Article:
CJ-6A 'Nanchang' Fighter Plane

Built under license for the People’s Liberation Army Air Force (PLAAF) in China, the basic Yak-18 was known as the Nanchang CJ-5. Produced at the Nanchang Aircraft Factory from 1954 through 1958, the design showed deficiencies for jet pilot training that led the Chinese to independently design a more modern aircraft.

The result, the CJ-6, was a completely new aircraft design. The wing root section is identical to the Beechcraft T-34 Mentor – the USAAF’s equivalent training aircraft, on the other side of the Iron Curtain. The new aircraft featured fully retracting landing gear, unlike the Soviet style semi-retractable gear and a completely flush riveted aluminium alloy construction.

The CJ–6 has so many rivets it makes you wonder whether The People’s Rivet Factory was having a clearance sale. The fact that they’re so overbuilt and required so much labor provides peace of mind to those pulling Gs in them now. That inherent strength makes the CJ–6 a robust aerobatic performer.

The CJ-6A boasts excellent control harmony, with good rate of roll while at the same time being stable enough to be used as an all-weather instrument platform. It stands on rugged trailing link undercarriage built to withstand enormous landing loads.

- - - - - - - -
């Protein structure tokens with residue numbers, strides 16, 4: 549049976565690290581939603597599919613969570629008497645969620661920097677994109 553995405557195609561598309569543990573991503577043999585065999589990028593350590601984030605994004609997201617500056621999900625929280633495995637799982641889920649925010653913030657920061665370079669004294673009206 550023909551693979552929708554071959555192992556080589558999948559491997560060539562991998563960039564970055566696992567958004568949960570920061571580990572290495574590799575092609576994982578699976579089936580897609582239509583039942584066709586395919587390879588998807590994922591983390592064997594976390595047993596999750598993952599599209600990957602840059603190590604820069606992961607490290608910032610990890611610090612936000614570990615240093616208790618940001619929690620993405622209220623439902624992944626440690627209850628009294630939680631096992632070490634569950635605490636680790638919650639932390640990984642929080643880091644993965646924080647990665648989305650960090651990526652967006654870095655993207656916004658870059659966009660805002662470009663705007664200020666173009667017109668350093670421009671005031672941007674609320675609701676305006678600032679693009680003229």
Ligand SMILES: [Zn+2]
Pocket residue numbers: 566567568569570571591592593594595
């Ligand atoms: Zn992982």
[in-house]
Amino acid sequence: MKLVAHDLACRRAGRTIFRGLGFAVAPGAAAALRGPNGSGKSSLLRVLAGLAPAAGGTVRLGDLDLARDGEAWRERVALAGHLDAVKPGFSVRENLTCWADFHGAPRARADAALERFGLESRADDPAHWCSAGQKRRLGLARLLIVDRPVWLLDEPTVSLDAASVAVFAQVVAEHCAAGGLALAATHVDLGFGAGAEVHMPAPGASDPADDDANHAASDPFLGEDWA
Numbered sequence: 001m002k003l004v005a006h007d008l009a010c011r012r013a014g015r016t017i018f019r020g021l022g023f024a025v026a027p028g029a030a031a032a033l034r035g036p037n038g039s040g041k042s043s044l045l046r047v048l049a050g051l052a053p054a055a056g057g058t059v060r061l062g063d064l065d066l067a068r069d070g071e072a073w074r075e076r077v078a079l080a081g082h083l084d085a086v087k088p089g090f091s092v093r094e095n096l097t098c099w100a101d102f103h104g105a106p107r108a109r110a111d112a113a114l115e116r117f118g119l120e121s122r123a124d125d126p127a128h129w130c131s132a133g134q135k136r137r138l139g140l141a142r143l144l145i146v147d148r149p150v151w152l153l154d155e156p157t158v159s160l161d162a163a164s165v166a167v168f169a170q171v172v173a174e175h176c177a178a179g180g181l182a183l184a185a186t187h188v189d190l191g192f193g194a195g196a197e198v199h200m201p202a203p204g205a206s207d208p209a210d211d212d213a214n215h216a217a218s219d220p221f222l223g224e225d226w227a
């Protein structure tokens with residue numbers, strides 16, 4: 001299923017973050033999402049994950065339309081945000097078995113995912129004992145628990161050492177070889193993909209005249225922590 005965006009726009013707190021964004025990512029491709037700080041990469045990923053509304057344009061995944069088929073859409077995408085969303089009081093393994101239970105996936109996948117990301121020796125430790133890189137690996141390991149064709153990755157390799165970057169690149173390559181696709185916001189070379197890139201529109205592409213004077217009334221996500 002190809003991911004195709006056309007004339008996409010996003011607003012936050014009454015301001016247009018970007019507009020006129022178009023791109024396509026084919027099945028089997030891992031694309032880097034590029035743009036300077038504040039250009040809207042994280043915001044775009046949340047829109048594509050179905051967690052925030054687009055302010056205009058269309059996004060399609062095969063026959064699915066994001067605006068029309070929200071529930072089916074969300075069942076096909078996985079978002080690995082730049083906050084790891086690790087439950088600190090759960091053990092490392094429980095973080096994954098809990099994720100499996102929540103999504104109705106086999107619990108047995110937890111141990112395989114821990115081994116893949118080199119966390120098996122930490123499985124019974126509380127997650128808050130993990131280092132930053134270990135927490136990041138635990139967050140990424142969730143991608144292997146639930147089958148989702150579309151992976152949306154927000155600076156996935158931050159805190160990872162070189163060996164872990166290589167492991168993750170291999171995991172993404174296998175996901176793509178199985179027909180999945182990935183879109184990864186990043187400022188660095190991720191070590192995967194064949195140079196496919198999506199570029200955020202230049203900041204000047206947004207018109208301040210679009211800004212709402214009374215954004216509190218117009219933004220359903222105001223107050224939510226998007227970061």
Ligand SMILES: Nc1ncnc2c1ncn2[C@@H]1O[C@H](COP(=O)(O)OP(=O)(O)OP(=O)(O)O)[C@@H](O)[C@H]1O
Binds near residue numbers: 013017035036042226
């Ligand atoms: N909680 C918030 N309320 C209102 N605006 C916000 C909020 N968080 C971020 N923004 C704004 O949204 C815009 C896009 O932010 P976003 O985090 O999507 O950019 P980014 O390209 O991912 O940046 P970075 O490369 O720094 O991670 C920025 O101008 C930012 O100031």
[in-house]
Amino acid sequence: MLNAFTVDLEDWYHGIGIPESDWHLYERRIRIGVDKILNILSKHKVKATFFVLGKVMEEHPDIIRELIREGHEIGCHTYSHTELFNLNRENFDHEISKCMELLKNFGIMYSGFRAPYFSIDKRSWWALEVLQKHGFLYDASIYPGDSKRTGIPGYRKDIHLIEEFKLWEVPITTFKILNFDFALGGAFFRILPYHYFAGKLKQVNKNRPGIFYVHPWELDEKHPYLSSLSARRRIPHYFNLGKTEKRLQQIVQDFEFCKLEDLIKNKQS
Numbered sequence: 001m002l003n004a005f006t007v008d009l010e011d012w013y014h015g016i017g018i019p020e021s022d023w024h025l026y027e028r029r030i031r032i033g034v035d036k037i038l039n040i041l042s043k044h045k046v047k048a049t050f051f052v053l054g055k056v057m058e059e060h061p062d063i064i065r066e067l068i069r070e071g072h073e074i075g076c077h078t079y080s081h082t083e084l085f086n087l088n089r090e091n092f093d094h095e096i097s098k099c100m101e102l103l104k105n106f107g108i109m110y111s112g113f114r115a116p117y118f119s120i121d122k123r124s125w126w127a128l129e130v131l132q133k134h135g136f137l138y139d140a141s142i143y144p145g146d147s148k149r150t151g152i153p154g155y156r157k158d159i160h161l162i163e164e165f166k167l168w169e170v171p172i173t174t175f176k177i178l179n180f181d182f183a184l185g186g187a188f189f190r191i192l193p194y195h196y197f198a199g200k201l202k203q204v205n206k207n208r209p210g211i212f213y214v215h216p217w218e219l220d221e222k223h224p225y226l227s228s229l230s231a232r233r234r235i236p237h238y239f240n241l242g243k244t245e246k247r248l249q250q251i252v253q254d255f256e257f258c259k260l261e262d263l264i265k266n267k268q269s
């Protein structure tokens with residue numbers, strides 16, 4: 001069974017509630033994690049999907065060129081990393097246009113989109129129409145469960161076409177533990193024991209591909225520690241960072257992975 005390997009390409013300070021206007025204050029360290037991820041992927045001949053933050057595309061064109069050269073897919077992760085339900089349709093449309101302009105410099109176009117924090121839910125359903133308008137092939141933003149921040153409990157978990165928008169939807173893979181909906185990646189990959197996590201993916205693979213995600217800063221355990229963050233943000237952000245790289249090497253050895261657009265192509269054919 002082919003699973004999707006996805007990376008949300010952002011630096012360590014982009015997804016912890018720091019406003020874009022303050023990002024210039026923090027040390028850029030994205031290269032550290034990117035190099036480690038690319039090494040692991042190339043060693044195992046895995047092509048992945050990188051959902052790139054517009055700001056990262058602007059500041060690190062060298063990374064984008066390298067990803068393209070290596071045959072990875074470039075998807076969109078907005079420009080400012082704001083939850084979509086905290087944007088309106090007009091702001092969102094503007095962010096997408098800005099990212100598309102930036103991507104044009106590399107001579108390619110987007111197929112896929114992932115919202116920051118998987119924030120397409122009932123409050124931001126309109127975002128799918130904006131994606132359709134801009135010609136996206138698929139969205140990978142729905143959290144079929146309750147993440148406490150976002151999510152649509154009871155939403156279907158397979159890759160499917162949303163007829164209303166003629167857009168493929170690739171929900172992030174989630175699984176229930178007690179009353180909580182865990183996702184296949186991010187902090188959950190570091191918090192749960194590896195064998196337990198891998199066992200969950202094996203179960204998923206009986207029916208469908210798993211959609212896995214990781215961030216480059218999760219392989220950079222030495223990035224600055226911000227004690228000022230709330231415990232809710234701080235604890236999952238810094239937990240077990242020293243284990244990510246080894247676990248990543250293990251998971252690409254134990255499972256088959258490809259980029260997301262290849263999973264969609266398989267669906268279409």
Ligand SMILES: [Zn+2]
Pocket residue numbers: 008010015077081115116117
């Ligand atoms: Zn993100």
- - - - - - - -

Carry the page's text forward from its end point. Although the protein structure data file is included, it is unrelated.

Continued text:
The airframe is certified to +6G and -3G. This is a conservative limit for the heavy duty construction methods used in this aircraft, which is one of the most overbuilt and sturdy types flying in Australia.

The CJ-6A was manufactured up until June 2011, when the Peoples Liberation Army Air Force finally replaced it with the updated composite 2 seat training aircraft. Still powered by the powerful and reliable M-14 engine from which the CJ-6’s engine is derived, the new Nanchang CJ-7 is replacing the trusty CJ-6A after over 50 years of service.


  • Maximum level speed: 165 kts (310 km/h)
  • Maximum dive speed: 194 kts (360 km/h)
  • Landing speed: 75 kts (140 km/h)
  • Operating ceiling: 17,000 ft (5,200 m)
  • Range: 500 km with reserves